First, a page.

'Painfully Slow Capitulation': Why Investors Keep Getting Inflation Wrong

‘Painfully Slow Capitulation’: Why Investors Keep Getting Inflation Wrong

A brutal third quarter in financial markets ended on Friday and one thing is crystal clear: inflation is the most important factor driving asset valuations right now and yet few, if any, are able to accurately predict where it is likely to go. .

The reason? Professional forecasters, policymakers and traders all continue to dismiss the behavior of inflation in the 1970s, according to BofA Securities global economist Ethan Harris. That’s when inflation – fueled by the Vietnam War of the previous decade – proved relentless, forcing three different Fed chairs to push interest rates above 10% until rampant prize money fever finally broke in the 1980s.

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Friday’s data releases only underscored the resilience of inflation: US stocks ended lower on the day, while posting their third consecutive quarter of declines, after a stronger than expected reading of the personal consumption expenditure price index for the month of August. The Eurozone also recorded a record annual inflation rate of 10% this month. Meanwhile, economists, policymakers, and traders are all factoring in a path for U.S. inflation that falls toward or below 3% in 2023.

The ramifications of underestimating inflation persistence are enormous for financial markets, creating the potential to add further losses to the trillions of dollars of US wealth destruction that has already occurred in 2022. It was the worst September for the Dow Jones Industrial Average and the S&P. 500 of the past decade, and financial markets are on course for their worst year in at least half a century. The usually safe world of global bonds fell into its first bear market in 76 years this month as traders and investors braced for a period of continued rate hikes by central banks.

And the dollar – the undisputed winner of the extreme volatility of 2022 – is at its highest level in 20 years, leading to speculation that intervention is needed.

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Economists, policymakers and investors operate with “a number of potential biases”, according to Harris of BofA Securities.

“The biggest bias has been to ignore the lessons of the 1970s, to assume that the Phillips curve is essentially dead, and to dismiss evidence to the contrary,” he said. The Phillips curve is the economic theory that concludes that lower unemployment is associated with higher inflation. The unemployment rate in the United States has been below 4% for much of the year, which has put pressure on wages, although hopes remain that inflation will eventually come down. “The result has been a painfully slow process of surrender that culminated last month.”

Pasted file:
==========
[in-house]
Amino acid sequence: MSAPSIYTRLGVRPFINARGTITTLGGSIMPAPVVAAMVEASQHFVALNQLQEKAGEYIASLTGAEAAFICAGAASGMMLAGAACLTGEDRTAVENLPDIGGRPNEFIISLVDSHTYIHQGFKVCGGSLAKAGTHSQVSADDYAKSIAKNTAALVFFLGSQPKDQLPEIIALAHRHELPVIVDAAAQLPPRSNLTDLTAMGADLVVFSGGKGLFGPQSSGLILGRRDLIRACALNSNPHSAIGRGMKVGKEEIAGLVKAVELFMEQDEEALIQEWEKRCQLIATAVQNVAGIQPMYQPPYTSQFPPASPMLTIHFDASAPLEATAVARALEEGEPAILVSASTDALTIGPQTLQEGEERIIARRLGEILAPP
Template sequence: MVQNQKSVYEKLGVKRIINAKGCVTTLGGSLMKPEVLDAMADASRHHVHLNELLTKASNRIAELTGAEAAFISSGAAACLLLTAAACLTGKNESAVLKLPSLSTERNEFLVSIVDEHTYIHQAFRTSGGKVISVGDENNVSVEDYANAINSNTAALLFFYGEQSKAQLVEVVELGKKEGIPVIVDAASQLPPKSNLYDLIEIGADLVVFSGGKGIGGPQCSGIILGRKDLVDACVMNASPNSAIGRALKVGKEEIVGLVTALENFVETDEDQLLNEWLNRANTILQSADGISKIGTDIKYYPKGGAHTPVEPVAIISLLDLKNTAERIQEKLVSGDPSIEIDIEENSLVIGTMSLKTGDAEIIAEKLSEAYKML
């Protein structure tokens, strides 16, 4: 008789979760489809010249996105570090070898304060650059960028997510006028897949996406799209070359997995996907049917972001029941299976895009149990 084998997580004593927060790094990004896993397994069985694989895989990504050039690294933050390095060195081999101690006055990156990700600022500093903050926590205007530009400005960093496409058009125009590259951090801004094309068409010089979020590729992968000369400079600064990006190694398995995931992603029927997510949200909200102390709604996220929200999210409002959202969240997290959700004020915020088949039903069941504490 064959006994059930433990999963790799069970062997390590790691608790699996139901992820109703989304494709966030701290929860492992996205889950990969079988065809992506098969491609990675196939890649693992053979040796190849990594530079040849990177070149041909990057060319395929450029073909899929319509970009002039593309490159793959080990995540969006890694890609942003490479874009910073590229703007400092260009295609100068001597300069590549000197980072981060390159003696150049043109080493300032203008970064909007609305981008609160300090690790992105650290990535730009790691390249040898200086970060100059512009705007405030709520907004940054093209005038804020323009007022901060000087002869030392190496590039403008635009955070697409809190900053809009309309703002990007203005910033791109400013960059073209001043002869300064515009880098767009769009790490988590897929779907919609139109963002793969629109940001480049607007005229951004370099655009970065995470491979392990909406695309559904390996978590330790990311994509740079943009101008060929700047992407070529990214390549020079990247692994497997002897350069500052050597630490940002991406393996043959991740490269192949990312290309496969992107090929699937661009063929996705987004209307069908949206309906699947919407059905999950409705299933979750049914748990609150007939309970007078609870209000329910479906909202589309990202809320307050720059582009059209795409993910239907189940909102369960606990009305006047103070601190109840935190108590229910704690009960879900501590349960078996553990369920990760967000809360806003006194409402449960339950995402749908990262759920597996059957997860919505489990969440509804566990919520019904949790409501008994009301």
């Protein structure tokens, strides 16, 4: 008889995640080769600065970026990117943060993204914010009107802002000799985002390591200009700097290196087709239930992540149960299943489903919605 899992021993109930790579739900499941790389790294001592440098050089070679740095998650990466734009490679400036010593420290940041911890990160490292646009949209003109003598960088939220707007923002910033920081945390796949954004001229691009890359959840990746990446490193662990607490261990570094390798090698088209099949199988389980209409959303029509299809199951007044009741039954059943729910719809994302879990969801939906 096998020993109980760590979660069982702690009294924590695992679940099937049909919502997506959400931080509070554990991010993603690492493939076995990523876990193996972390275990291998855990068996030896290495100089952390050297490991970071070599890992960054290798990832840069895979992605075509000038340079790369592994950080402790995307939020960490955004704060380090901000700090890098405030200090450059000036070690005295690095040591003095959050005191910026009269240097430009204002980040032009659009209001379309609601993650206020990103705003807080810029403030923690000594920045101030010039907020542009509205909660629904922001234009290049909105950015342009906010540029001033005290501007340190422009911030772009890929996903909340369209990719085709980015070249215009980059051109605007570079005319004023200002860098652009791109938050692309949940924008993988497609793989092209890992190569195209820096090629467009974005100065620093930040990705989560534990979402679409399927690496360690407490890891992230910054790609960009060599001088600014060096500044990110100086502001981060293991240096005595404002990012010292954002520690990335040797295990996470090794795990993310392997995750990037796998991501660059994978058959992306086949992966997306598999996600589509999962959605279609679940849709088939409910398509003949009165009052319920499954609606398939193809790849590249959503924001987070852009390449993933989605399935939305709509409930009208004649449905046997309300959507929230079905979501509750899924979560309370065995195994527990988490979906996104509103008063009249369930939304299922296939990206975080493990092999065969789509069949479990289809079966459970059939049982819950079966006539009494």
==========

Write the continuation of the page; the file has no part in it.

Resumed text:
Indeed, the financial markets ended the last trading session of September on a pessimistic note. For the third quarter, Dow industrials DJIA,
-1.71%
fell 2,049.92 points, or 6.7%, while the S&P 500 SPX,
-1.51%
lost 5.3% and the Nasdaq Composite COMP,
-1.51%
fell 4.1%. Meanwhile, on Friday, Treasury yields posted their biggest multi-quarter gains since the 1980s amid a relentless selloff in government debt. And the ICE US Dollar Index DXY,
-0.07%
remained around its highest level since 2002.

The inflationary forces triggered by the COVID-19 pandemic in 2020 have reverberated around the world, and it has been nearly impossible to quantify the ongoing impact. In 2022, it is pandemic-era dynamics that are fundamentally driving inflation – including oversized stimulus that has created increased demand and a “less engaged workforce” who is reconsidering when, how and where she is ready to take jobs, according to Nicholas Colas, co-founder of DataTrek Research.

The main difference between the 1970s and 2022 is that food and energy prices were the main driver of underlying inflation half a century ago, Colas wrote in a note Friday. Severe disruptions in global supplies and increased demand caused food inflation from 1972 and 1973, he said. Meanwhile, energy inflation occurred in two waves: the first being the Saudi oil embargo of 1973 and the second being the supply disruptions caused by the Iranian revolution of 1978-1979.

Right now, labor market conditions “will be more difficult for Fed policy to address,” Colas said.

The Consumer Price Index’s headline annual rate has been above 8% for six straight months from March through August, and traders in derivatives known as fixings are forecasting at least one additional reading of over 8%. 8% for September. Optimism that inflation would soon ease was bolstered by an unexpected downside surprise in July, but faded after the worrying rise in the core inflation rate in August that omitted food prices and Energy.

Fed officials remain hopeful, however. On Friday, Richmond Fed President Thomas Barkin said all signs point to lower US inflation in the months ahead.

But the inflation has baffled even the most sophisticated traders in the financial market, who seem somewhat at a loss as to where inflation will go after the next three months. They see the annual CPI rate hitting 8.1% in August, 7.3% in October and 6.5% or lower in November and December – before falling to around 2% in June.

The reality, however, is that any estimate beyond the next three months should be read as a message that “we don’t know where inflation is going,” said Gang Hu, a trader in hedged Treasury securities. inflation at the New York hedge fund. WinShore Capital Partners.

Hu says he too has been overly optimistic that inflation would show signs of a significant slowdown so far. “We are all used to thinking and modeling in a linear way, and there is no model that can describe what is happening right now.”

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